Behind the US-Lebanon-Iran love triangle

Originally published on 2 August 2017 at Backbench UK
On 25 July, Lebanese Prime Minister Saad Hariri attended a bilateral meeting with US President Donald Trump at the White House to discuss the future of Lebanon-US relations. Prior to the meeting, Hariri said that he hopes the two countries will continue their “partnership” against terrorism and that it is “for the best of the region.”
Both the President and the Prime Minister read statements after the conclusion of the meeting. Trump praised the “long relationship” between the US and Lebanon and referred to the founding of the American University of Beirut in 1866. The President also assured Hariri that the US military will continue to support the Lebanese Armed Forces in their conflicts with ISIL and other terror organisations in the region.
“Our approach supporting the humanitarian needs of displaced Syrian citizens as close to their home country as possible is the best way to help most people,” Trump said, pledged financial support to relieve Lebanon of the economic burden of hosting refugees, and he hopes to encourage nearby countries to support Syrian refugees as well.
Trump, echoing statistics from the UN Refugee Agency, emphasised that “The Lebanese people have led the way, accepting more Syrian refugees per capita than any other nation.” For every one thousand people in Lebanon, there are 173 refugees; 84 more than Jordan, which is second place. In other words, a quarter of Lebanon’s population are refugees.
However, he also hinted at the dismantling of Hezbollah, stating that the LAF will be “the only defender Lebanon needs.” Hezbollah is a Shiite militant group and it controls a military wing far stronger than the LAF, but despite being labelled a terror organisation by the European Union, an Iranian-Syrian-backed Hezbollah continues to fight against ISIL and other insurgent forces.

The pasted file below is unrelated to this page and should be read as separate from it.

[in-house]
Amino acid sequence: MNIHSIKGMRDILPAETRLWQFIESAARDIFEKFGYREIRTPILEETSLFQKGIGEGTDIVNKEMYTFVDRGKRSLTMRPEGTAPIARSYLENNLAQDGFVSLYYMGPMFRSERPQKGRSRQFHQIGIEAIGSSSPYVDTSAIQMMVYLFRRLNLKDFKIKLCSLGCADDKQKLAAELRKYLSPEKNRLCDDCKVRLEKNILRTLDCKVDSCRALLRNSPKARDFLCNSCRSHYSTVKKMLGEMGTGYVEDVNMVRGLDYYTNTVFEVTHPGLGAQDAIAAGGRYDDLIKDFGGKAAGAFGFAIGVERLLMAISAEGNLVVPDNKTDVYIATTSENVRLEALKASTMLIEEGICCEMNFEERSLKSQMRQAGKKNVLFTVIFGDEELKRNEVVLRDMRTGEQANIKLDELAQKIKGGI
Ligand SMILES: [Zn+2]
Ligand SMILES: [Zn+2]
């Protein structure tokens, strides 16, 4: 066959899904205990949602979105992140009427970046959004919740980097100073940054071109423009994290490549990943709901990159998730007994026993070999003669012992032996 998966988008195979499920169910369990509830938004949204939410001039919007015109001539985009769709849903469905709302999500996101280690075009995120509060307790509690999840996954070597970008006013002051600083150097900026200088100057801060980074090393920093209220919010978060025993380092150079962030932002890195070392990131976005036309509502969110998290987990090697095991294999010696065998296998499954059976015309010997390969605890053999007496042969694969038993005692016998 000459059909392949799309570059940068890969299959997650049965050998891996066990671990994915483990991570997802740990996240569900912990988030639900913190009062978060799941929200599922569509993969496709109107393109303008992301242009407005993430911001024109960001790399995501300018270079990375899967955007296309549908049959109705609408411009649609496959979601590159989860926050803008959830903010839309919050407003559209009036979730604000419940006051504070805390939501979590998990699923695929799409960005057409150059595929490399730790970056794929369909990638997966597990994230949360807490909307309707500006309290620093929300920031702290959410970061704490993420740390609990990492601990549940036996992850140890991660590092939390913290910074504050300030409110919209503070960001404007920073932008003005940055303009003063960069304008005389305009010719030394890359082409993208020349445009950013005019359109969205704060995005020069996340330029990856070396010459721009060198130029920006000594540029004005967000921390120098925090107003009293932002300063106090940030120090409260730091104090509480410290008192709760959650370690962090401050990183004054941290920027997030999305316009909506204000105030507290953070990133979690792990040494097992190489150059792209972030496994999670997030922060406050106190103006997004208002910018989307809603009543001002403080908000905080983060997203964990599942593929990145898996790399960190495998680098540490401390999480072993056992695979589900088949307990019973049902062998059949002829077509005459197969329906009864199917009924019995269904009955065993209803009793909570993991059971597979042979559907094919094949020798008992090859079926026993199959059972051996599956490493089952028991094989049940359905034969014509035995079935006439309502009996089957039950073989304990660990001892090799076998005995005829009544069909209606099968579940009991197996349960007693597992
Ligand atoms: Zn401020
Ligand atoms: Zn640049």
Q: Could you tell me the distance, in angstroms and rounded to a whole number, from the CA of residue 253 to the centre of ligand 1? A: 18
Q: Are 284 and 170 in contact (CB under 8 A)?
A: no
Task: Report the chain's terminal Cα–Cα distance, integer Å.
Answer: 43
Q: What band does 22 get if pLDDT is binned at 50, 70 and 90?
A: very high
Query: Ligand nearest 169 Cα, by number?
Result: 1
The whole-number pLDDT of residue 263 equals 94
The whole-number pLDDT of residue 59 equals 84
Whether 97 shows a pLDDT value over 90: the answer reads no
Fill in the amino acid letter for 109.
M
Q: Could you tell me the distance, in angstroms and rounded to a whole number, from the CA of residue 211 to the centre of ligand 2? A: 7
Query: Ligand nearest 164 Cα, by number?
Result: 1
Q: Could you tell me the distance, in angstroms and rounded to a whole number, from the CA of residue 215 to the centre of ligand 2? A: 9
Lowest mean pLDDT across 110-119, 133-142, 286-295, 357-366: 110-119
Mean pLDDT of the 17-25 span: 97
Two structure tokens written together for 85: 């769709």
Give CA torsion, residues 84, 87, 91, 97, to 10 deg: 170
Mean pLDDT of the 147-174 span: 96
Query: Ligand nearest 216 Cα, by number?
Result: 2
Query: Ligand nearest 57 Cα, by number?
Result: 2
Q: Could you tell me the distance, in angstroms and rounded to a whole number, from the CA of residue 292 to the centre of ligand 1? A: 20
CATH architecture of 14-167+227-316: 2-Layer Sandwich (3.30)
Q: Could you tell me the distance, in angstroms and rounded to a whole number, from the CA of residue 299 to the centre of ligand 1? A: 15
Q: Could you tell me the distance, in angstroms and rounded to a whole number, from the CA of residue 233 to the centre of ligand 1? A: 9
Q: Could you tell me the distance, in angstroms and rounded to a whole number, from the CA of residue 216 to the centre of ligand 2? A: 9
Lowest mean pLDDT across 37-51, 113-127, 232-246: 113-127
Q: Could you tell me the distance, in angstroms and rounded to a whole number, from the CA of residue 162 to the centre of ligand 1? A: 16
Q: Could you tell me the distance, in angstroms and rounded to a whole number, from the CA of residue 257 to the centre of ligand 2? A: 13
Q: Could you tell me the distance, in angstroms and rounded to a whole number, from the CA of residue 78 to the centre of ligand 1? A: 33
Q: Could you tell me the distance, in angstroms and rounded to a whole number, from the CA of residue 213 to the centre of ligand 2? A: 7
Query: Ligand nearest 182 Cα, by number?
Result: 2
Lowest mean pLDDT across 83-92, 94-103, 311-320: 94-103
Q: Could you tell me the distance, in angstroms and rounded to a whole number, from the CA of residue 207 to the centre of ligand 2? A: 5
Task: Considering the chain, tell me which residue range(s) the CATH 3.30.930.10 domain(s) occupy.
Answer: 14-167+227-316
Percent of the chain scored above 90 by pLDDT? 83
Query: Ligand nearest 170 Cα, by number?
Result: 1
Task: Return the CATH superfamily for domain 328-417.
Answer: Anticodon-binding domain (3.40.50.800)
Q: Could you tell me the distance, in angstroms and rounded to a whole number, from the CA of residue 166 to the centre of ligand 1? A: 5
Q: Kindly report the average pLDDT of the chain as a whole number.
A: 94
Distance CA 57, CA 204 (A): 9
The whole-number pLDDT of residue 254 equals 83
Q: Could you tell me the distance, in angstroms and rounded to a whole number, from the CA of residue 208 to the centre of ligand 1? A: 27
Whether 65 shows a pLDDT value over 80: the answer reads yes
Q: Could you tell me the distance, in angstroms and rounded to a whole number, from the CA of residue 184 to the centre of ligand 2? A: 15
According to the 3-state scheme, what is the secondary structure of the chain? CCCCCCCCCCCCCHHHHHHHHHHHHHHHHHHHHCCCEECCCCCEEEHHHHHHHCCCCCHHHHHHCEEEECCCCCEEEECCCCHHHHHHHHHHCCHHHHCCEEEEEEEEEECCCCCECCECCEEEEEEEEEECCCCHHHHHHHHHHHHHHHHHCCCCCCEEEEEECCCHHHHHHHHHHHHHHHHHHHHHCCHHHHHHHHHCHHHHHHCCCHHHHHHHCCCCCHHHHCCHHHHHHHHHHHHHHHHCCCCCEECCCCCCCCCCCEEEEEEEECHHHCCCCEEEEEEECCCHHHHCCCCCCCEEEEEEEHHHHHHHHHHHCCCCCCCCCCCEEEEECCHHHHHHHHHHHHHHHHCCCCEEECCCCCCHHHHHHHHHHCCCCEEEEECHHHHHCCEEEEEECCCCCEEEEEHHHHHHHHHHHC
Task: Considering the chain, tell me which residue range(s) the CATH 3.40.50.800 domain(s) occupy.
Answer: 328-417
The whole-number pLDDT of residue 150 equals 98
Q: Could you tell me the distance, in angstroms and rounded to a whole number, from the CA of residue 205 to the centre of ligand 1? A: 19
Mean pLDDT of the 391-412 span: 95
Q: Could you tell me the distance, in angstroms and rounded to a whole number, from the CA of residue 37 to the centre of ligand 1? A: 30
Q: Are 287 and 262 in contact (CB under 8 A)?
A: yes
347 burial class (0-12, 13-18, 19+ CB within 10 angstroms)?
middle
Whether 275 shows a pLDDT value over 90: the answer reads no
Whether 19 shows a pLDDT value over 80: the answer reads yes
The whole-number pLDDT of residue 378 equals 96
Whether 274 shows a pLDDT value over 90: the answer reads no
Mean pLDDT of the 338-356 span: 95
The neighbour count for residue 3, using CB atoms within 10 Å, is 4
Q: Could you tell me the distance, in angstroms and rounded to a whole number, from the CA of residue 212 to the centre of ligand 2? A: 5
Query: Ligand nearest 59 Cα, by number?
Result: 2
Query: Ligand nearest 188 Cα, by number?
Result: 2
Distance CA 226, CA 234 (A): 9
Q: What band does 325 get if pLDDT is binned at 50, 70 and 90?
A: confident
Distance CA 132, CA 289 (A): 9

“Hezbollah likes to portray itself as a defender of Lebanese interests, but it's very clear that its true interests are those of itself and its sponsor – Iran,” said Trump, mirroring George W. Bush in his mispronunciation of “Iran”.
In recent years, Congress has slapped Hezbollah with strict financial sanctions as per the Hezbollah International Financing Prevention Act. Hariri and his lobbyists are concerned about a draft amendment which would tighten financial regulations on Lebanese banks. They feel that such a revision of US sanctions against Hezbollah is counter-productive and unjustifiably targets the heart of Lebanon’s economy – the banking sector.
As reported by The Gazette, Lebanese banker Antoun Sehnaoui, the chairman of Societe Generale de Banque au Liban (SGBL), purchased a Colorado-based Pikes Peak National Bank. Such a purchase demonstrates the legitimacy of Lebanese banking sector. Therefore, we come to the conclusion that US lawmakers need to shift their focus to the real problems instead of financially encumbering Lebanon with sanctions which, ultimately, benefit Hezbollah. Once again, the US has shown its true intentions.
Last year I wrote about the election of Lebanese President Michel Aoun; in that article I stated that his election was only possible through an agreement between the US and Iran. I had also posed the question: “what will the United States receive in return?” Whilst this question still remains unanswered, one thing is for certain: the Islamic Republic of Iran still remains the child of the US, albeit a disobedient one.